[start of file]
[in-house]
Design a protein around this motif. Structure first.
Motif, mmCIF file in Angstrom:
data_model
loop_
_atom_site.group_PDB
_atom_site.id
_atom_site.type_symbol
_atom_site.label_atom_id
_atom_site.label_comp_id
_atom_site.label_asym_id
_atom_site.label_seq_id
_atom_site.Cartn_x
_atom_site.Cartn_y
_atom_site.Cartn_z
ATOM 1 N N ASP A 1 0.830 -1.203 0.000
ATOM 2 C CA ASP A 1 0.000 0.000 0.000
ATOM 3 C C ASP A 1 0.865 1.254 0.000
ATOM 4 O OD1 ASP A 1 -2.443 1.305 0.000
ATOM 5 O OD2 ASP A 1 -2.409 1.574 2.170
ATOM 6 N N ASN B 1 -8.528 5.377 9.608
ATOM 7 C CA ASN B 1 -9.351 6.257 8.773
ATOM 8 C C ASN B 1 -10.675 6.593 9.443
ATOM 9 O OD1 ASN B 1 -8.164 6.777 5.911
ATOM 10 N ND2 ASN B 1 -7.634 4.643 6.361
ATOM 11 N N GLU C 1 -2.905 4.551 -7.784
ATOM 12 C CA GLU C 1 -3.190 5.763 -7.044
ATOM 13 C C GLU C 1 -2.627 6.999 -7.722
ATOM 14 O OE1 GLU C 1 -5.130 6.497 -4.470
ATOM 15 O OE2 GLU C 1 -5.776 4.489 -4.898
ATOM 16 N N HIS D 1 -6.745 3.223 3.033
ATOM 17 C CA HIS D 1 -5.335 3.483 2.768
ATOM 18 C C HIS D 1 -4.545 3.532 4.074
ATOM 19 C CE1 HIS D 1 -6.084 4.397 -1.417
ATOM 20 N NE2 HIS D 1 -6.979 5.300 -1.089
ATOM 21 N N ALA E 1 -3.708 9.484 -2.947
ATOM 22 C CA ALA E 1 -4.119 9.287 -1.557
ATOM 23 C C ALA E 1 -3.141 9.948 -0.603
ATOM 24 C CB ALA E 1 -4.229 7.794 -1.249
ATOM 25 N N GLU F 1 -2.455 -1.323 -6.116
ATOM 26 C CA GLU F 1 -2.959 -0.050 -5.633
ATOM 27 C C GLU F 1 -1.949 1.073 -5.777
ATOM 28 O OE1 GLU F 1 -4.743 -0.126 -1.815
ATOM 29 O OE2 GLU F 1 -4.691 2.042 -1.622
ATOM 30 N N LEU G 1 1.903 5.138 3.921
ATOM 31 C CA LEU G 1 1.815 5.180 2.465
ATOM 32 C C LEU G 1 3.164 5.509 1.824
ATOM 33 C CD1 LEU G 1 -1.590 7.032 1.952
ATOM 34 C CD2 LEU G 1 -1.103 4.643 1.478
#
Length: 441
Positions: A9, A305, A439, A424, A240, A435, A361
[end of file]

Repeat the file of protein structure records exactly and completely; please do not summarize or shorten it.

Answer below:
[in-house]
Design a protein around this motif. Structure first.
Motif, mmCIF file in Angstrom:
data_model
loop_
_atom_site.group_PDB
_atom_site.id
_atom_site.type_symbol
_atom_site.label_atom_id
_atom_site.label_comp_id
_atom_site.label_asym_id
_atom_site.label_seq_id
_atom_site.Cartn_x
_atom_site.Cartn_y
_atom_site.Cartn_z
ATOM 1 N N ASP A 1 0.830 -1.203 0.000
ATOM 2 C CA ASP A 1 0.000 0.000 0.000
ATOM 3 C C ASP A 1 0.865 1.254 0.000
ATOM 4 O OD1 ASP A 1 -2.443 1.305 0.000
ATOM 5 O OD2 ASP A 1 -2.409 1.574 2.170
ATOM 6 N N ASN B 1 -8.528 5.377 9.608
ATOM 7 C CA ASN B 1 -9.351 6.257 8.773
ATOM 8 C C ASN B 1 -10.675 6.593 9.443
ATOM 9 O OD1 ASN B 1 -8.164 6.777 5.911
ATOM 10 N ND2 ASN B 1 -7.634 4.643 6.361
ATOM 11 N N GLU C 1 -2.905 4.551 -7.784
ATOM 12 C CA GLU C 1 -3.190 5.763 -7.044
ATOM 13 C C GLU C 1 -2.627 6.999 -7.722
ATOM 14 O OE1 GLU C 1 -5.130 6.497 -4.470
ATOM 15 O OE2 GLU C 1 -5.776 4.489 -4.898
ATOM 16 N N HIS D 1 -6.745 3.223 3.033
ATOM 17 C CA HIS D 1 -5.335 3.483 2.768
ATOM 18 C C HIS D 1 -4.545 3.532 4.074
ATOM 19 C CE1 HIS D 1 -6.084 4.397 -1.417
ATOM 20 N NE2 HIS D 1 -6.979 5.300 -1.089
ATOM 21 N N ALA E 1 -3.708 9.484 -2.947
ATOM 22 C CA ALA E 1 -4.119 9.287 -1.557
ATOM 23 C C ALA E 1 -3.141 9.948 -0.603
ATOM 24 C CB ALA E 1 -4.229 7.794 -1.249
ATOM 25 N N GLU F 1 -2.455 -1.323 -6.116
ATOM 26 C CA GLU F 1 -2.959 -0.050 -5.633
ATOM 27 C C GLU F 1 -1.949 1.073 -5.777
ATOM 28 O OE1 GLU F 1 -4.743 -0.126 -1.815
ATOM 29 O OE2 GLU F 1 -4.691 2.042 -1.622
ATOM 30 N N LEU G 1 1.903 5.138 3.921
ATOM 31 C CA LEU G 1 1.815 5.180 2.465
ATOM 32 C C LEU G 1 3.164 5.509 1.824
ATOM 33 C CD1 LEU G 1 -1.590 7.032 1.952
ATOM 34 C CD2 LEU G 1 -1.103 4.643 1.478
#
Length: 441
Positions: A9, A305, A439, A424, A240, A435, A361